Our view: With all other options failing, Republicans are turning to an Obamacare repeal plan that doesn’t even address their own concerns about the ACA
Just when you thought Republicans had exhausted the universe of bad ideas for repealing and replacing the Affordable Care Act, Senate Majority Leader Mitch McConnell appears poised to pull out yet another loser: the “skinny repeal.” What’s so bizarre about it is that it does nothing to address — and even exacerbates — the aspects of Obamacare that have been driving the effort to repeal and replace the act for the last decade. It is at best a cynical ploy to make conservative voters believe Republicans have followed through with their years of promises to repeal the ACA, and at worst, it’s a sneaky plan to ram through a more radical bill with even less transparency than the GOP has managed so far.
Since the Senate voted 51-50 to start debate on a health care bill Tuesday (with Vice President Mike Pence breaking a tie and Sen. John McCain making a dramatic return from a diagnosis of aggressive brain cancer to even get the party to that point), it has remained clear that the GOP lacks anything approaching consensus on how to move forward. A comprehensive repeal-and-replace bill — which would have showered the affluent with tax breaks while leading to 23 million fewer people with health coverage after a decade — didn’t come close to getting 51 votes, much less the 60 it would have needed to move forward. This afternoon, the Senate followed that up by rejecting the idea of a repeal without replacement, which offered the prospect of ballooning insurance premiums and 32 million more uninsured after a decade.
The next idea on tap, “skinny repeal,” which sounds a bit like a bad, new drink from Starbucks, would involve repealing only a handful of particularly unpopular elements of Obamacare: the individual mandate to purchase insurance, a requirement that large businesses provide health benefits, and a tax on medical devices.
The last of those three is probably the least significant; the Congressional Budget Office estimates that repealing the tax — which has over the years been criticized by Democrats and Republicans alike — would save medical device manufacturers less than $20 billion over 10 years. Repealing the employer mandate, while a cause long championed by the U.S. Chamber of Commerce and other groups influential with the GOP, would similarly have a relatively minor effect. It requires firms with 50 or more employees to offer health insurance. As of 2015, before the provision took effect, 96 percent of U.S. private sector firms of that size already did so, according to the Kaiser Family Foundation.
But repealing the individual mandate would be a big deal. The Congressional Budget Office estimates it would increase the number of uninsured by about 15 million over 10 years, mainly as a result of people no longer choosing to buy coverage in the individual market but also because fewer would get coverage at work or enroll in Medicaid. Meanwhile, because those forgoing coverage would likely be disproportionately healthy, repealing the individual mandate would make the insurance pool sicker and older, driving up rates and leading to more insurers dropping out of the marketplace.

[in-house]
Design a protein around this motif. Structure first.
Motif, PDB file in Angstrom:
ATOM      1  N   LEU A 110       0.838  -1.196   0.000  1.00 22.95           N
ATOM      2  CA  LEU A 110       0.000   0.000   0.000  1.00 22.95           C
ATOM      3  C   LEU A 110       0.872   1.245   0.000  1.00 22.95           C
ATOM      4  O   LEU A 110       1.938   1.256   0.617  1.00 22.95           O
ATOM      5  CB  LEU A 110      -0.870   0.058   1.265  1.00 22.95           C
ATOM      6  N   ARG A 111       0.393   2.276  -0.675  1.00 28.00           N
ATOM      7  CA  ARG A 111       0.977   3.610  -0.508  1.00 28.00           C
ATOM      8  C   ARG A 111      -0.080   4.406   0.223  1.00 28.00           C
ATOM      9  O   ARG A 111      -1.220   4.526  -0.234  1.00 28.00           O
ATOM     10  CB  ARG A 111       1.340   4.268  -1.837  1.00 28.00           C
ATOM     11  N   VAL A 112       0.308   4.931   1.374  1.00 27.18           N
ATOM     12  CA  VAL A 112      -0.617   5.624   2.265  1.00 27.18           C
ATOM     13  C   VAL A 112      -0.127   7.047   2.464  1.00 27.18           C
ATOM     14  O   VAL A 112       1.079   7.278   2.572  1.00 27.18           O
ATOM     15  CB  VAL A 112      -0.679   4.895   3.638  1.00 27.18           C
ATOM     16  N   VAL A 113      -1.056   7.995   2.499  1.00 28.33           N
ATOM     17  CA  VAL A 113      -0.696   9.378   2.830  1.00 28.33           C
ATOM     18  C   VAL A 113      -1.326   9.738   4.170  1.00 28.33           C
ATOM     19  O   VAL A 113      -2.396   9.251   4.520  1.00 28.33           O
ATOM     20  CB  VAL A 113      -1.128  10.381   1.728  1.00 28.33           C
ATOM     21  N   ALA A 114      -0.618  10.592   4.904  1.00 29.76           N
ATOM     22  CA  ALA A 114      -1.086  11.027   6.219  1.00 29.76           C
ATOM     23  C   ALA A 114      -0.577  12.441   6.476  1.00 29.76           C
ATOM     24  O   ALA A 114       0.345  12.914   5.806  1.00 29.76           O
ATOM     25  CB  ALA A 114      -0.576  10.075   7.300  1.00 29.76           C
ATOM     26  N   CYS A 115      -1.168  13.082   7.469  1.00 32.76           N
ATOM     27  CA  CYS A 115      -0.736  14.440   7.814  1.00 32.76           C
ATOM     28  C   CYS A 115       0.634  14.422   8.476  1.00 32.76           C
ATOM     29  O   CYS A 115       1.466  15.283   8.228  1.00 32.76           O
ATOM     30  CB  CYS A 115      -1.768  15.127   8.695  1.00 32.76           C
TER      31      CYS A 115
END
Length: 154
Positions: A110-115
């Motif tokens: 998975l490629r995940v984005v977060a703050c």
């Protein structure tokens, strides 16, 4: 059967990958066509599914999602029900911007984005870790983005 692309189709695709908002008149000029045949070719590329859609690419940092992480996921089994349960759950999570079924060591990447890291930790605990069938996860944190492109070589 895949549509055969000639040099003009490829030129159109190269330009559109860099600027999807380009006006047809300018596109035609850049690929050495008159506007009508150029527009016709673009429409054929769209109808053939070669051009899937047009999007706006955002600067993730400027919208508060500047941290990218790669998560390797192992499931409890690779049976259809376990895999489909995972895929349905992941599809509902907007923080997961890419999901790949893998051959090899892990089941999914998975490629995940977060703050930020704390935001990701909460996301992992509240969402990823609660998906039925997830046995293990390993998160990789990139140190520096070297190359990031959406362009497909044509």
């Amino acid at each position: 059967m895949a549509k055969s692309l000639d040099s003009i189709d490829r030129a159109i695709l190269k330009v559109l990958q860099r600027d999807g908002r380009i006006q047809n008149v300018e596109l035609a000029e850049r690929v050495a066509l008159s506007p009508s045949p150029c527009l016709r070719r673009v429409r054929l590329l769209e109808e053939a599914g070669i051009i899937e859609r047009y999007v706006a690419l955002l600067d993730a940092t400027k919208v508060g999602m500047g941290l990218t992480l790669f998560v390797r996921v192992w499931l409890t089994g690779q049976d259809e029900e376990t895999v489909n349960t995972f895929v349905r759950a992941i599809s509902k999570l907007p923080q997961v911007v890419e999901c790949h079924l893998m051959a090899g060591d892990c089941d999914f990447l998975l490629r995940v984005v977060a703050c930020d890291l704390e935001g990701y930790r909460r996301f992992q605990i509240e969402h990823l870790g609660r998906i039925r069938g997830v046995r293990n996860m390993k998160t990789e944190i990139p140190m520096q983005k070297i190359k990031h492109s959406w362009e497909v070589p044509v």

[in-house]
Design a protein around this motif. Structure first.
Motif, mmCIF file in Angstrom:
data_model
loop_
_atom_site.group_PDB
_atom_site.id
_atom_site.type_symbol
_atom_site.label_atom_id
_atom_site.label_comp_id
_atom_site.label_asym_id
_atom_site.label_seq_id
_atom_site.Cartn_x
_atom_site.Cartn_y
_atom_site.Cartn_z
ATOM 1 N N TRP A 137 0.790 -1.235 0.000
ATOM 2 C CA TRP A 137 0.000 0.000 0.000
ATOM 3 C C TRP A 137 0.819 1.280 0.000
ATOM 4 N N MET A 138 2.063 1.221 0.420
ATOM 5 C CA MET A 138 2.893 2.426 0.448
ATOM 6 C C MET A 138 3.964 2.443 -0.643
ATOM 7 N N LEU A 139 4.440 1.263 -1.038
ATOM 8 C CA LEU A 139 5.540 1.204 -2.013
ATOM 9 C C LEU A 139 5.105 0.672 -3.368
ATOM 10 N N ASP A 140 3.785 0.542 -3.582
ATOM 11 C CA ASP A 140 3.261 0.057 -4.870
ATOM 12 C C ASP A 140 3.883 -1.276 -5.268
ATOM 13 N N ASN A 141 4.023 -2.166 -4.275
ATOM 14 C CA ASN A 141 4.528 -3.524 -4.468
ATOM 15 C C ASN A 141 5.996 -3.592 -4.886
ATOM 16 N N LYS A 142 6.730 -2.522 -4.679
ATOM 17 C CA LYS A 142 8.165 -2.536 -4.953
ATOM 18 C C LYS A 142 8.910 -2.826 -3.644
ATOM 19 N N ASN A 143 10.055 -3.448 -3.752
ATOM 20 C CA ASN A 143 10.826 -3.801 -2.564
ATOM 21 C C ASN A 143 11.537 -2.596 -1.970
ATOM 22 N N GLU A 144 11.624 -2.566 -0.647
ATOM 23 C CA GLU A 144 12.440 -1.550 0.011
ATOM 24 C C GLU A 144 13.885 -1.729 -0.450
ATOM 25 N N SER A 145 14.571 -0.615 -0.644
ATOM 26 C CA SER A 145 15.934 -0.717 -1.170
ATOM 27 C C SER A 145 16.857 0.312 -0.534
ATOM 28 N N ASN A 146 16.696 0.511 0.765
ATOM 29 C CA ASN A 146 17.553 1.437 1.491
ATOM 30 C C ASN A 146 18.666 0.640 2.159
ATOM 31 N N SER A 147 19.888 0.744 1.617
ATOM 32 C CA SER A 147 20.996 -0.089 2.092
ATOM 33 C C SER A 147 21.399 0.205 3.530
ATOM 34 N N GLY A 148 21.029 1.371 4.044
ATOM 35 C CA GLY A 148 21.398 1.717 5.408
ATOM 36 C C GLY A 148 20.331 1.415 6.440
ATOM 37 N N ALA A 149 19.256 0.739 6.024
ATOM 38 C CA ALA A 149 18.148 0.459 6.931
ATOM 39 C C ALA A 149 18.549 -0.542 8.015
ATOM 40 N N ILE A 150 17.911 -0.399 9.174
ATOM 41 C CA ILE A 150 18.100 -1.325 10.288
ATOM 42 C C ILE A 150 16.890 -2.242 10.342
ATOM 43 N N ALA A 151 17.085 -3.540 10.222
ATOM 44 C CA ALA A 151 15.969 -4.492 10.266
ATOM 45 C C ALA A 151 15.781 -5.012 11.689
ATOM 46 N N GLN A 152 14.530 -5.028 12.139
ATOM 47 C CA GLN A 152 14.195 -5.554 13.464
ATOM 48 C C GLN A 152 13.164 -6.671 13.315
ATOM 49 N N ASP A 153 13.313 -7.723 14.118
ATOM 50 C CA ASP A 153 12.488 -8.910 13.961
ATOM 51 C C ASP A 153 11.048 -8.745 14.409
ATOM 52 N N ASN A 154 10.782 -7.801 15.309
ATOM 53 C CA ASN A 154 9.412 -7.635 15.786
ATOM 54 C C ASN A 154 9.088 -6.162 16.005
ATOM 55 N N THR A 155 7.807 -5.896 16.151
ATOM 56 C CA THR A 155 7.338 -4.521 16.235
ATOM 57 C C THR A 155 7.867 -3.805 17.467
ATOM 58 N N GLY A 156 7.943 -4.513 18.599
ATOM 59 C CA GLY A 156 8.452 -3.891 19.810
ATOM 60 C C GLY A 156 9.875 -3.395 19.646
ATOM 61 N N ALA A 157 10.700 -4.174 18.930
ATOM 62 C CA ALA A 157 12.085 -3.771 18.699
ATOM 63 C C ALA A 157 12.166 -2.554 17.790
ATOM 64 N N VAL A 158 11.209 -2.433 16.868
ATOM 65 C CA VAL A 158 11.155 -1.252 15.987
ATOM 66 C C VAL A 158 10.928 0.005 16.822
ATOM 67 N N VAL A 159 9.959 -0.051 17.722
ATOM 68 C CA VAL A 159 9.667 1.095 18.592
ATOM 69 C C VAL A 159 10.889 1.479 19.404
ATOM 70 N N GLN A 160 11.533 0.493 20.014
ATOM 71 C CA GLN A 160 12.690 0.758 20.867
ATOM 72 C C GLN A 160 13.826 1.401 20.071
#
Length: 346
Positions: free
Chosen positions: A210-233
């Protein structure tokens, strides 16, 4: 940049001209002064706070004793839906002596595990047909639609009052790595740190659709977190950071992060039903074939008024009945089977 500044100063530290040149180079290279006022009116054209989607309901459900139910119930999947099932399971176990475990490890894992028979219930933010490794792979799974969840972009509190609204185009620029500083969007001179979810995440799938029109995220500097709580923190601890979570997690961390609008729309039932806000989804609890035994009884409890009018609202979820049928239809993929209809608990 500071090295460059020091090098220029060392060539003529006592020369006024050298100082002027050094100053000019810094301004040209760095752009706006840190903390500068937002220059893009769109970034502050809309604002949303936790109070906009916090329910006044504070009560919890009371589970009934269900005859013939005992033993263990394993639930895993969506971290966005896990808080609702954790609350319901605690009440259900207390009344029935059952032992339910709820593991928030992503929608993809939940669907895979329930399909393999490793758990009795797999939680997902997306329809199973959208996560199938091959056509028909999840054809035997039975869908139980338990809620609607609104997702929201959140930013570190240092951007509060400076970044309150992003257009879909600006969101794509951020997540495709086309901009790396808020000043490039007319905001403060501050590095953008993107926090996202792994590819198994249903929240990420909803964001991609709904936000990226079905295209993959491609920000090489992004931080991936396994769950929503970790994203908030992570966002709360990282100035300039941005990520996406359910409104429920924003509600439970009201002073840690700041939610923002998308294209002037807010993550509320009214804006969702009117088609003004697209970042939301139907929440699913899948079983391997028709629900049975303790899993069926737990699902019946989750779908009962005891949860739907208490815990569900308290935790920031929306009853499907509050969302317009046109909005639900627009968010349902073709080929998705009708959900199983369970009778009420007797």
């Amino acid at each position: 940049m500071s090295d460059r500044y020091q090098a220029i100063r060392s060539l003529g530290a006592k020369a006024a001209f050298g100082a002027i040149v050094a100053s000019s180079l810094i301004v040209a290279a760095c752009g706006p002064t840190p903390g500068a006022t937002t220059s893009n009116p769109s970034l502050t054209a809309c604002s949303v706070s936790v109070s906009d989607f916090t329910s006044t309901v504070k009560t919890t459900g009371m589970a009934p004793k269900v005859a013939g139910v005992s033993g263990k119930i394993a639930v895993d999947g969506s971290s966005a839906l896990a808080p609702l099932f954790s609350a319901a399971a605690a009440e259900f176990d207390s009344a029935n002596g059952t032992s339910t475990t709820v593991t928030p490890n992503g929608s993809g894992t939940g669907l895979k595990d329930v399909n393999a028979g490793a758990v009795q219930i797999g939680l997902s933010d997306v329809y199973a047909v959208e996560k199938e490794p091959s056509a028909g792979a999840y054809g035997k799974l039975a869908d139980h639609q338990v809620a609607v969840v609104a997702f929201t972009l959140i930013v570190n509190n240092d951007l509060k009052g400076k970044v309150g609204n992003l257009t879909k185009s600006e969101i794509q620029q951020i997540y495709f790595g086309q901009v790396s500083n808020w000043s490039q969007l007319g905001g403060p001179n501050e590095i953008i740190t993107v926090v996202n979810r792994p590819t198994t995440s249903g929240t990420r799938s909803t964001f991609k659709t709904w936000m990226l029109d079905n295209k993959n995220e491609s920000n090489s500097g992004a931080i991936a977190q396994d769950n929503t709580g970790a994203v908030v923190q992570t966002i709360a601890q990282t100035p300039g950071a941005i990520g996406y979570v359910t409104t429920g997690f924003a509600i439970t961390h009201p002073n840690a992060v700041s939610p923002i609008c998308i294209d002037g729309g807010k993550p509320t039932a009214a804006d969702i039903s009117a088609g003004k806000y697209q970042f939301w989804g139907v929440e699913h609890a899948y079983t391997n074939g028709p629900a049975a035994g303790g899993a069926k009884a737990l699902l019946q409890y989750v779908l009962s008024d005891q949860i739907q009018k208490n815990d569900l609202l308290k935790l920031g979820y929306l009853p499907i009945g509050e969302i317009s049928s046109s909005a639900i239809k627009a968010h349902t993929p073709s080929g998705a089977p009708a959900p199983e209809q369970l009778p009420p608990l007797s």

In other words, a “skinny repeal” would make the problems Republicans are citing as the reasons Obamacare must be repealed far worse. It wouldn’t satisfy those who worry that the repeal-and-replace bills aren’t conservative enough, since it would do little eliminate the ACA’s taxes or its Medicaid expansion — much less advance the far right’s grander policy ambition of gutting Medicaid altogether. Nor would it offer many reassurances to moderate Republicans who can’t stomach the increase in the ranks of the uninsured predicted under the previous GOP plans.
Really, the only person who could like it is President Donald Trump, who seems intent on finding some way to claim that he repealed Obamacare, no matter what the actual policy involved entails.
The only other plausible explanation for moving forward with the “skinny repeal” is the idea that Senate passage would trigger negotiations with the House on some new iteration of repeal-and-replace that Senator McConnell might hope to cram through his chamber. Even if he could accomplish that, he would do well to heed Senator McCain’s warning: “The Obama administration and congressional Democrats shouldn’t have forced through Congress without any opposition support a social and economic change as massive as Obamacare. And we shouldn’t do the same with ours.”
We could quibble a bit with Senator McCain’s recollection of history — the idea of passing Obamacare without any Republican support was a last-ditch tactic for Democrats, not the starting point as it was this year for the GOP. But the essence of what he said was true. There is room for middle ground on health care, and the Republican Party — not to speak of Americans as a whole — will be better off the sooner Congress starts to find it.
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